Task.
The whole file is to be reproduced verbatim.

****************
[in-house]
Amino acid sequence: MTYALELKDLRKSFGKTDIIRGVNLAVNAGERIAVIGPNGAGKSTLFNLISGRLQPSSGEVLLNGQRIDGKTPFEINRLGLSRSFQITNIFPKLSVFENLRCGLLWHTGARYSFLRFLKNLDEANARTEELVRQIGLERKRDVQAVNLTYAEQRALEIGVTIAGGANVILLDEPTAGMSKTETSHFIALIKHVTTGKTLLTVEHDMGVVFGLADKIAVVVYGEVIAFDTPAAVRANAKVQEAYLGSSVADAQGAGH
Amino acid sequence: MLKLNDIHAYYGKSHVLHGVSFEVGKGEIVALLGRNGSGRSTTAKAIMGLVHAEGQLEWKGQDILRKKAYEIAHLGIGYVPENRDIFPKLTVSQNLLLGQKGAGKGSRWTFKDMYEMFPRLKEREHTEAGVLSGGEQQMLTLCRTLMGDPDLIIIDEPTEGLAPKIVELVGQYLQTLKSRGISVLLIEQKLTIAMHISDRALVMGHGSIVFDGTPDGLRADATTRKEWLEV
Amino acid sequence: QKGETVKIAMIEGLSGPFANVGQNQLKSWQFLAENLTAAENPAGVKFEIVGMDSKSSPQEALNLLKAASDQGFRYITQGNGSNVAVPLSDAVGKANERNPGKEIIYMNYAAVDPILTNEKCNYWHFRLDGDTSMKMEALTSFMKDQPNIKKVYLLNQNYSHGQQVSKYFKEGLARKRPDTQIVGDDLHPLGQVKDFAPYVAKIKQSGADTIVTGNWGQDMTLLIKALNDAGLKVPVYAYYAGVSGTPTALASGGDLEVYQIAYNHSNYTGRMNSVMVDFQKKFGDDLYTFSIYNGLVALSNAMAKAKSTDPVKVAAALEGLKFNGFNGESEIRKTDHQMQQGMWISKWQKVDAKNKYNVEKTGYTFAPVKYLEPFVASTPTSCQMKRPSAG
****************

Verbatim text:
[in-house]
Amino acid sequence: MTYALELKDLRKSFGKTDIIRGVNLAVNAGERIAVIGPNGAGKSTLFNLISGRLQPSSGEVLLNGQRIDGKTPFEINRLGLSRSFQITNIFPKLSVFENLRCGLLWHTGARYSFLRFLKNLDEANARTEELVRQIGLERKRDVQAVNLTYAEQRALEIGVTIAGGANVILLDEPTAGMSKTETSHFIALIKHVTTGKTLLTVEHDMGVVFGLADKIAVVVYGEVIAFDTPAAVRANAKVQEAYLGSSVADAQGAGH
Amino acid sequence: MLKLNDIHAYYGKSHVLHGVSFEVGKGEIVALLGRNGSGRSTTAKAIMGLVHAEGQLEWKGQDILRKKAYEIAHLGIGYVPENRDIFPKLTVSQNLLLGQKGAGKGSRWTFKDMYEMFPRLKEREHTEAGVLSGGEQQMLTLCRTLMGDPDLIIIDEPTEGLAPKIVELVGQYLQTLKSRGISVLLIEQKLTIAMHISDRALVMGHGSIVFDGTPDGLRADATTRKEWLEV
Amino acid sequence: QKGETVKIAMIEGLSGPFANVGQNQLKSWQFLAENLTAAENPAGVKFEIVGMDSKSSPQEALNLLKAASDQGFRYITQGNGSNVAVPLSDAVGKANERNPGKEIIYMNYAAVDPILTNEKCNYWHFRLDGDTSMKMEALTSFMKDQPNIKKVYLLNQNYSHGQQVSKYFKEGLARKRPDTQIVGDDLHPLGQVKDFAPYVAKIKQSGADTIVTGNWGQDMTLLIKALNDAGLKVPVYAYYAGVSGTPTALASGGDLEVYQIAYNHSNYTGRMNSVMVDFQKKFGDDLYTFSIYNGLVALSNAMAKAKSTDPVKVAAALEGLKFNGFNGESEIRKTDHQMQQGMWISKWQKVDAKNKYNVEKTGYTFAPVKYLEPFVASTPTSCQMKRPSAG